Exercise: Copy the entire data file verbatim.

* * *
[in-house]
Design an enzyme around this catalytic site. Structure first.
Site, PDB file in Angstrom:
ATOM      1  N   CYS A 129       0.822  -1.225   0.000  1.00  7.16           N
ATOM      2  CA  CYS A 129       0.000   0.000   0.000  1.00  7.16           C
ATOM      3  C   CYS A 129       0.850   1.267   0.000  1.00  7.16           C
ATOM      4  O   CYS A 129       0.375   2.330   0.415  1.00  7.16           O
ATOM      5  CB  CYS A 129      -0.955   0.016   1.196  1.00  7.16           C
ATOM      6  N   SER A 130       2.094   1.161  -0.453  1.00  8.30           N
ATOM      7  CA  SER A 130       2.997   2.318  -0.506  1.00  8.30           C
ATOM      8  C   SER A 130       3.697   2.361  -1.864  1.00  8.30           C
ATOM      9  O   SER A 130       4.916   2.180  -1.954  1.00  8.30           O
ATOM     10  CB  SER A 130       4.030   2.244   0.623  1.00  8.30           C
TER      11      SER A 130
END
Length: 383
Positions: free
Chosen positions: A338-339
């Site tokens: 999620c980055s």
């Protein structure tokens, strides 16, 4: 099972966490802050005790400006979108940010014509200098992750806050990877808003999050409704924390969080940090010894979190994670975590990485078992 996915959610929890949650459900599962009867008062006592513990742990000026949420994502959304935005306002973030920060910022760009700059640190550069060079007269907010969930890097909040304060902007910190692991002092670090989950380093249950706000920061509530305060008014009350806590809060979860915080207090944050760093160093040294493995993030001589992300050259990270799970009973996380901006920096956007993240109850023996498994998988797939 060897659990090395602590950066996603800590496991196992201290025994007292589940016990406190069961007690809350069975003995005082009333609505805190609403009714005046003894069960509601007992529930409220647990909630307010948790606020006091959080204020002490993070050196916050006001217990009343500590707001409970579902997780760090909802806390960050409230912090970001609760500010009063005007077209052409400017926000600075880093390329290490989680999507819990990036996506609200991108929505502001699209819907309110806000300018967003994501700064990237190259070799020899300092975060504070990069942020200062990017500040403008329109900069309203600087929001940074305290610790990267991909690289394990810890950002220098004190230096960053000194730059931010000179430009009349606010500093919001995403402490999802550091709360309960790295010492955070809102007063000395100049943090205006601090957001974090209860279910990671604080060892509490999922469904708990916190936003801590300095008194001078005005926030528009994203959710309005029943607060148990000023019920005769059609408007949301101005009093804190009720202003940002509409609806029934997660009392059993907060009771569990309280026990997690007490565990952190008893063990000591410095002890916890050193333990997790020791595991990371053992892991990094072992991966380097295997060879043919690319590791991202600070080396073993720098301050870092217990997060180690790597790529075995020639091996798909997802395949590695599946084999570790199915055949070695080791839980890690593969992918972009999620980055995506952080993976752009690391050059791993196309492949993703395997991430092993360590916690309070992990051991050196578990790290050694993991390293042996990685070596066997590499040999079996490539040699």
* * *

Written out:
[in-house]
Design an enzyme around this catalytic site. Structure first.
Site, PDB file in Angstrom:
ATOM      1  N   CYS A 129       0.822  -1.225   0.000  1.00  7.16           N
ATOM      2  CA  CYS A 129       0.000   0.000   0.000  1.00  7.16           C
ATOM      3  C   CYS A 129       0.850   1.267   0.000  1.00  7.16           C
ATOM      4  O   CYS A 129       0.375   2.330   0.415  1.00  7.16           O
ATOM      5  CB  CYS A 129      -0.955   0.016   1.196  1.00  7.16           C
ATOM      6  N   SER A 130       2.094   1.161  -0.453  1.00  8.30           N
ATOM      7  CA  SER A 130       2.997   2.318  -0.506  1.00  8.30           C
ATOM      8  C   SER A 130       3.697   2.361  -1.864  1.00  8.30           C
ATOM      9  O   SER A 130       4.916   2.180  -1.954  1.00  8.30           O
ATOM     10  CB  SER A 130       4.030   2.244   0.623  1.00  8.30           C
TER      11      SER A 130
END
Length: 383
Positions: free
Chosen positions: A338-339
């Site tokens: 999620c980055s």
């Protein structure tokens, strides 16, 4: 099972966490802050005790400006979108940010014509200098992750806050990877808003999050409704924390969080940090010894979190994670975590990485078992 996915959610929890949650459900599962009867008062006592513990742990000026949420994502959304935005306002973030920060910022760009700059640190550069060079007269907010969930890097909040304060902007910190692991002092670090989950380093249950706000920061509530305060008014009350806590809060979860915080207090944050760093160093040294493995993030001589992300050259990270799970009973996380901006920096956007993240109850023996498994998988797939 060897659990090395602590950066996603800590496991196992201290025994007292589940016990406190069961007690809350069975003995005082009333609505805190609403009714005046003894069960509601007992529930409220647990909630307010948790606020006091959080204020002490993070050196916050006001217990009343500590707001409970579902997780760090909802806390960050409230912090970001609760500010009063005007077209052409400017926000600075880093390329290490989680999507819990990036996506609200991108929505502001699209819907309110806000300018967003994501700064990237190259070799020899300092975060504070990069942020200062990017500040403008329109900069309203600087929001940074305290610790990267991909690289394990810890950002220098004190230096960053000194730059931010000179430009009349606010500093919001995403402490999802550091709360309960790295010492955070809102007063000395100049943090205006601090957001974090209860279910990671604080060892509490999922469904708990916190936003801590300095008194001078005005926030528009994203959710309005029943607060148990000023019920005769059609408007949301101005009093804190009720202003940002509409609806029934997660009392059993907060009771569990309280026990997690007490565990952190008893063990000591410095002890916890050193333990997790020791595991990371053992892991990094072992991966380097295997060879043919690319590791991202600070080396073993720098301050870092217990997060180690790597790529075995020639091996798909997802395949590695599946084999570790199915055949070695080791839980890690593969992918972009999620980055995506952080993976752009690391050059791993196309492949993703395997991430092993360590916690309070992990051991050196578990790290050694993991390293042996990685070596066997590499040999079996490539040699």